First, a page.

Programming Perl in 2034 by Charlie Stross is just brilliant - he covers what causes things to change, to stay the same and the reality distorting change the awaits us in the coming decades (and the place of programming languages in 100 years time). The whole thing is quotable, but this about sums it up:
"we can reasonably assume that any object more durable than a bar of soap and with a retail value of over $5 probably has as much computing power as your laptop today"
On Wednesday I went mapping Brixton Market with Open Streetmap London. I was aware of Field Papers from Stamen, but never actually used them. They are brilliantly simple in use. They must have applications beyond OSM. Maybe to help Farmers fill in their Common Agricultural Policy applications?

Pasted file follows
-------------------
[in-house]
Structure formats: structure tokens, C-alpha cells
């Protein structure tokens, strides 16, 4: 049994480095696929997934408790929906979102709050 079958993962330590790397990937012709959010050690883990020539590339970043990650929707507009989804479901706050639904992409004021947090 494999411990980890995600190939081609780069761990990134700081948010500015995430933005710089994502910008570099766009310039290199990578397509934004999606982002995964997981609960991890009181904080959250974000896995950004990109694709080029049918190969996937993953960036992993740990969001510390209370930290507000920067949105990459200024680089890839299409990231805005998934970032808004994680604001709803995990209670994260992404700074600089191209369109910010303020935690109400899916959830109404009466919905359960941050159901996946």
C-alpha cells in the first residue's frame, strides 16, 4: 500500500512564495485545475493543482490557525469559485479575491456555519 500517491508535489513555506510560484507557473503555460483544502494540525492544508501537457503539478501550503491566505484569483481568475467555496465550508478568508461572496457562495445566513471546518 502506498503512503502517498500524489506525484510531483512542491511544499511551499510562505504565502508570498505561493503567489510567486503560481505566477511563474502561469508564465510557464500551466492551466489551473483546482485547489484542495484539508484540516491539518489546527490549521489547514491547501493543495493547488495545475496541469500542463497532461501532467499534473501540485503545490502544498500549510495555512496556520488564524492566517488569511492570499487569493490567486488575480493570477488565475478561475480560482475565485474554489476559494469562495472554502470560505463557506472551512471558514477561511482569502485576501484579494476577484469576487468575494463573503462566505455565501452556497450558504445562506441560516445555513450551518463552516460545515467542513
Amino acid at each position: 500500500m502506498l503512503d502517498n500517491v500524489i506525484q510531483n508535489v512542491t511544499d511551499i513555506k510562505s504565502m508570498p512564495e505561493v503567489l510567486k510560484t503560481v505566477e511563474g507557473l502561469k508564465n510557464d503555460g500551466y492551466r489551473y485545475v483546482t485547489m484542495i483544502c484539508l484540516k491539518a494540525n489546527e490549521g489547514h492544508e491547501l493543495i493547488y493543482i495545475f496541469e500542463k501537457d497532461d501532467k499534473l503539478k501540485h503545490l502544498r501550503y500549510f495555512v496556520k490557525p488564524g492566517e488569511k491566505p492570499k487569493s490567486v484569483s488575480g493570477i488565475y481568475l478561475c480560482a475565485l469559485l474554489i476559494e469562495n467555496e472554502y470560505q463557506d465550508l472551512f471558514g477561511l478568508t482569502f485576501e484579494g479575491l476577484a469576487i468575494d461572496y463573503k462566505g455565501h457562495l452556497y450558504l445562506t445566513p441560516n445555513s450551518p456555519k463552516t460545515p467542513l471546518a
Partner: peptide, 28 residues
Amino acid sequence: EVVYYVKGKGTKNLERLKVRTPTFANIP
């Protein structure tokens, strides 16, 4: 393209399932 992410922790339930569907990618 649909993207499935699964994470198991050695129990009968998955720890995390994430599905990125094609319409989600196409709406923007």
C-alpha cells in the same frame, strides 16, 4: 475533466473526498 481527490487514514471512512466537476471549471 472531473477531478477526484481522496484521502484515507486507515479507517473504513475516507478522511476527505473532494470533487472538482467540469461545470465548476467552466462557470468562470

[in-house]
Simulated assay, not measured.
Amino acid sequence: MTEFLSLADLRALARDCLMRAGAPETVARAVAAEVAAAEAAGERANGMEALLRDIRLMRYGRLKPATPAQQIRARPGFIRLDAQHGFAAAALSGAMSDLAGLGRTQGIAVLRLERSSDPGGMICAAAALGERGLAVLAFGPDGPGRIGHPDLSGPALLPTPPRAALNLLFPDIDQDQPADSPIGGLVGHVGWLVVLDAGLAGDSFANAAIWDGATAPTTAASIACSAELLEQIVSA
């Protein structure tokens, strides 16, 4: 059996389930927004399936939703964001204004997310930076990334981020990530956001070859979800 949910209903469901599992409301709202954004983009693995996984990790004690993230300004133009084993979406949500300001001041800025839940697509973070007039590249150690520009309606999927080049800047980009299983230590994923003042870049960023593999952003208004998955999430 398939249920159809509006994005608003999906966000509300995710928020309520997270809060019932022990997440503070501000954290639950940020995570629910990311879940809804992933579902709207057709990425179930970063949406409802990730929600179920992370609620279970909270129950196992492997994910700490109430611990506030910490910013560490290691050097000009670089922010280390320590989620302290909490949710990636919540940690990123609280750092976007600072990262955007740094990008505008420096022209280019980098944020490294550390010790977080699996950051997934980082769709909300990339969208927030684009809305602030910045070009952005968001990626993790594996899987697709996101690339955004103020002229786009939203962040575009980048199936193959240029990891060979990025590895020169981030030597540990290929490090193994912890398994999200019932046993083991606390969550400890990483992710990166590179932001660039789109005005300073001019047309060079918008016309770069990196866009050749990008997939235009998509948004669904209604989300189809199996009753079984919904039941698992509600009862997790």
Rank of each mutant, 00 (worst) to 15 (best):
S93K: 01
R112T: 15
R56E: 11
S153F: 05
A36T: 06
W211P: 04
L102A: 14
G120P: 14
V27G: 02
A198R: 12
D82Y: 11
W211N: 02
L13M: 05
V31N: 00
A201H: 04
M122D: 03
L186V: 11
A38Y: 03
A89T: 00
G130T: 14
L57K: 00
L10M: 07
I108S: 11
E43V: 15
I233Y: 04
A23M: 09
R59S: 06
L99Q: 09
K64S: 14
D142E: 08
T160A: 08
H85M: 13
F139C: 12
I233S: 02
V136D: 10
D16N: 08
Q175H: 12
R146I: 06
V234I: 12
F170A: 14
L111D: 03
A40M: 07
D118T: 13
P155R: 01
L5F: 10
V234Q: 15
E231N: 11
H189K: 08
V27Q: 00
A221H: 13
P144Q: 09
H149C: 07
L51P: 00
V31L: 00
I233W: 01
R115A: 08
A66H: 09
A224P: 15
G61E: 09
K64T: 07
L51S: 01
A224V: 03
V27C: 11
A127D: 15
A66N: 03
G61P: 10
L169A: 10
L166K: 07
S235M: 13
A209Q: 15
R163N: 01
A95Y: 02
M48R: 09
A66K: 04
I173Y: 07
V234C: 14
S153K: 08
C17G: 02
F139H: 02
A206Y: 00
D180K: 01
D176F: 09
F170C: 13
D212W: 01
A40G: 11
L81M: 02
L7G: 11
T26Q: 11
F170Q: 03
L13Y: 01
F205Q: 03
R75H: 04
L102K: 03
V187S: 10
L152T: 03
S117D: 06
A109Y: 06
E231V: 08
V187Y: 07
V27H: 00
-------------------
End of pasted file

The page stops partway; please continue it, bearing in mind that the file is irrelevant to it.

Also on a geo-tip, I've been trying to remember all the things I've forgotten about coordinate and projection systems from university.
The whole thing is simplish in concept, complex in implementation. eg OSGB (the British National Grid) covers Great Britain only, but may or may not also include a small rock 270 miles off Ireland;
I also came across The Great Retriangulation of Great Britain 1935 - 1962. By the time the survey was complete improvements in measuring technology meant it was probably out by approximately 20 meters.